Wednesday, 27 June 2018

Two La Clape estates, new and old

Firstly many apologies to my regular readers for neglecting my blog for the last few weeks.  Blame concentrated book research for three weeks in Chablis, so it was difficult to think about the Languedoc..  However, I will be back in the south at the end of next week for the month of July, so things should look up, with various cellar visits planned.  

Meanwhie here are a couple of La Clape estates which failed to make the cut for Wines of the Languedoc.

Domaine la Combe de St. Paul

I first met Paul Maury on a Sentiers Gourmands walk around the vineyards of Château Rouquette-sur-Mer and greatly enjoyed his very first wine, and then our paths crossed again at a Stars and Découverts tasting in Paris, where Christophe Bousquet had invited him to share a tasting table.  He works in the village of Salles d’Aude on the edge of the appellation of La Clape from a cellar that is a hundred years old.  It is equipped with enormous concrete vats, one as big as 1200 hectolitres, which now houses Paul’s barrels.  The other vats dwarf his more modest-sized tanks.  Paul currently has 25 hectares of vines, of which 5.5 hectares are la Clape, on gentle hills between the villages of Salles and Fleury d’Aude.   Elsewhere he makes IGP and AOP Languedoc.  He first worked at Sylva Plana and Château de Grézan, both Faugères estates, and then made rosé to sell en vrac, so that 2008 was his first serious vintage.   His white wine is a Languedoc AOP, a blend of Roussanne and Vermentino, with some fresh white blossom and a touch of residual sugar making for easy drinking.  Languedoc les Amandiers rosé is based on Cinsaut and he makes two red La Clape.  For the first, Grès Rouge, Syrah is the dominant variety, with 15% each of Grenache and Mourvèdre kept in vat, so that there are some appealing notes of the garrigues, with black fruit and tapenade.  It is a lovely elegant glass of wine.  L’Insoupçonée is Syrah with 15% Mourvèdre, fermented in open top stainless steel vats and manual pigeage. The grapes are handpicked, sorted and destalked and the wine is aged in 350 litres barrels, which Paul prefers to smaller barriques.  There is oak, but also very good fruit on both nose and palate, with elegance, spice and a streak of tannin.   Paul comes over as a very thoughtful and measured winemaker with understated talent.  He deserves to do well.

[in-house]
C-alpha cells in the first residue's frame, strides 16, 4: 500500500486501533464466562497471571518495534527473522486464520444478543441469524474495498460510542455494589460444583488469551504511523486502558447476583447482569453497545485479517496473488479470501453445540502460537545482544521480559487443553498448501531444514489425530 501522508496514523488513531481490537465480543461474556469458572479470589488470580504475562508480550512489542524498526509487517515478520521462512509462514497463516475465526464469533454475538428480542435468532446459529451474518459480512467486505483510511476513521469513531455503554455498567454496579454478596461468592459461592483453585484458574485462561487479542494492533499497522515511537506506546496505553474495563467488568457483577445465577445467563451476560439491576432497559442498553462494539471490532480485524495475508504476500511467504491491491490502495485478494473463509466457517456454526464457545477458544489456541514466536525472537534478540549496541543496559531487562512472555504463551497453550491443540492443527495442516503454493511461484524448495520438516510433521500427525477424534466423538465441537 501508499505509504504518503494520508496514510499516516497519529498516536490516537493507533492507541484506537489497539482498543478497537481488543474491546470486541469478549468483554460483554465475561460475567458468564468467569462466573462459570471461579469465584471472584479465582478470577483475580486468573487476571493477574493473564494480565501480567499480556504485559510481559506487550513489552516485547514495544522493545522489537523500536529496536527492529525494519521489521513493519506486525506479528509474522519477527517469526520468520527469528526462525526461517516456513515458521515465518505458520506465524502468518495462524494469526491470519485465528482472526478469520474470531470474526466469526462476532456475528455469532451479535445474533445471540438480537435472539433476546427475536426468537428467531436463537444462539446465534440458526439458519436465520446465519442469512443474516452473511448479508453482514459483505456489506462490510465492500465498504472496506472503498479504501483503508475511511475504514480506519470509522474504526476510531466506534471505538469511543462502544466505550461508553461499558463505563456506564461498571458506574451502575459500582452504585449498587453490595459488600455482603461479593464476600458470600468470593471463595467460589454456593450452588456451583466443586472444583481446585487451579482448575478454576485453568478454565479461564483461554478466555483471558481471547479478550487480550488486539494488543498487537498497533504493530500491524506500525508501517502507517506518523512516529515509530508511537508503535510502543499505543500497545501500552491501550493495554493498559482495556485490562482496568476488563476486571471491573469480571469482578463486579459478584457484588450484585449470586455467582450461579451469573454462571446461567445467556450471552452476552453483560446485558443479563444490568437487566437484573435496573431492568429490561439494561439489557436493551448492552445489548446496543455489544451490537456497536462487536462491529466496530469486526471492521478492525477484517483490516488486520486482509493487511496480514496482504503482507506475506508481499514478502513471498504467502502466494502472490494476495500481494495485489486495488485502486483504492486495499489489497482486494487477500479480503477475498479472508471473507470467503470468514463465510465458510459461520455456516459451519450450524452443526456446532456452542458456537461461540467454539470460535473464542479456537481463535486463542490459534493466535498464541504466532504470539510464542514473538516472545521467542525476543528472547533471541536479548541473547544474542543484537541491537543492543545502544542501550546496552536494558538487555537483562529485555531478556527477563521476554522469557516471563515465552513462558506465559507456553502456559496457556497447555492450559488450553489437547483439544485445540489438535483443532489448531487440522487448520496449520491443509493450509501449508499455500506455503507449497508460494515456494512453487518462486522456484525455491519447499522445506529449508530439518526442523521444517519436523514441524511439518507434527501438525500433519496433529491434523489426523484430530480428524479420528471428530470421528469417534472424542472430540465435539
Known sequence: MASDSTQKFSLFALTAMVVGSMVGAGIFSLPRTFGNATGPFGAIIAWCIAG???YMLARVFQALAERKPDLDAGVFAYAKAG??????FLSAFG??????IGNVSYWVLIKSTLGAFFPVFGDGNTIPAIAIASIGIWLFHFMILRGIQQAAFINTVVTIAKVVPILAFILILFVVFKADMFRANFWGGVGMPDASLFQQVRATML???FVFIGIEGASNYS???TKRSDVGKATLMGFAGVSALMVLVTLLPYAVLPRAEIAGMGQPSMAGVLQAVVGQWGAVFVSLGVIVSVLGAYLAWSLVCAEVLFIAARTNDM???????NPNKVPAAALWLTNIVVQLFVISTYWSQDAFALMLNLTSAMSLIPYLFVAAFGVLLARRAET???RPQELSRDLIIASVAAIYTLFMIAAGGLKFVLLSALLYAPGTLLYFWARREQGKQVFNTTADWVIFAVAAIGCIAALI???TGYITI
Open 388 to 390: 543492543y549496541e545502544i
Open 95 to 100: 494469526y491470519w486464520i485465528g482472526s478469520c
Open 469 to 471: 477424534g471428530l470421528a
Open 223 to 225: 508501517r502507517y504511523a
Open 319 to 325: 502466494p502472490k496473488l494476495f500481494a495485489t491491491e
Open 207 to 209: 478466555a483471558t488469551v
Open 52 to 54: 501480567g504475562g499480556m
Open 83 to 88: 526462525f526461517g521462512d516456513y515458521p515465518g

Château Mire l’Etang

Château Mire l’Etang is appropriately named for the vineyards outside St. Pierre sur Mer do indeed do just that, look out on the étang. Philippe Chamayrac explained that his father had bought the estate in 1972 and he began working there in 1981, and his daughter, Pauline, is set to follow her father.  This is quite a traditional estate with 50 hectares of vine, in about 40 plots, all grouped together so than none is further than about 800 metres from the cellar, including just 7.5 hectares of white grapes. They make twocuvéesof white, one very traditional with élevageon lees and no oak, while Aimée de Cogny is given longer lees ageing.  She was the mistress of the local landowner, the Duc de Fleury, whose name is given to a red cuvée.   Philippe sees Bourboulenc as the backbone of the appellation, you need the other varieties to fill out the wine, Roussanne for aroma, and Grenache for weight and minerality.    

There are also two cuvéesof rosé, a Gris and a Cuvée Corail, with deeper colour and sturdier fruit, and again twocuvéesof red.  Tradition is their classic la Clape, made from Syrah, Grenache and Mourvèdre kept in vat. They have pulled up their Carignan.   Duc de Fleury is Syrah with 20% each of Grenache Noir and Mourvèdre, with 12 months in oak, making for some rich black fruit and the Réserve du Château given a longer ageing in new wood and comes from the oldest Syrah vines.   Things may change when Pauline arrives.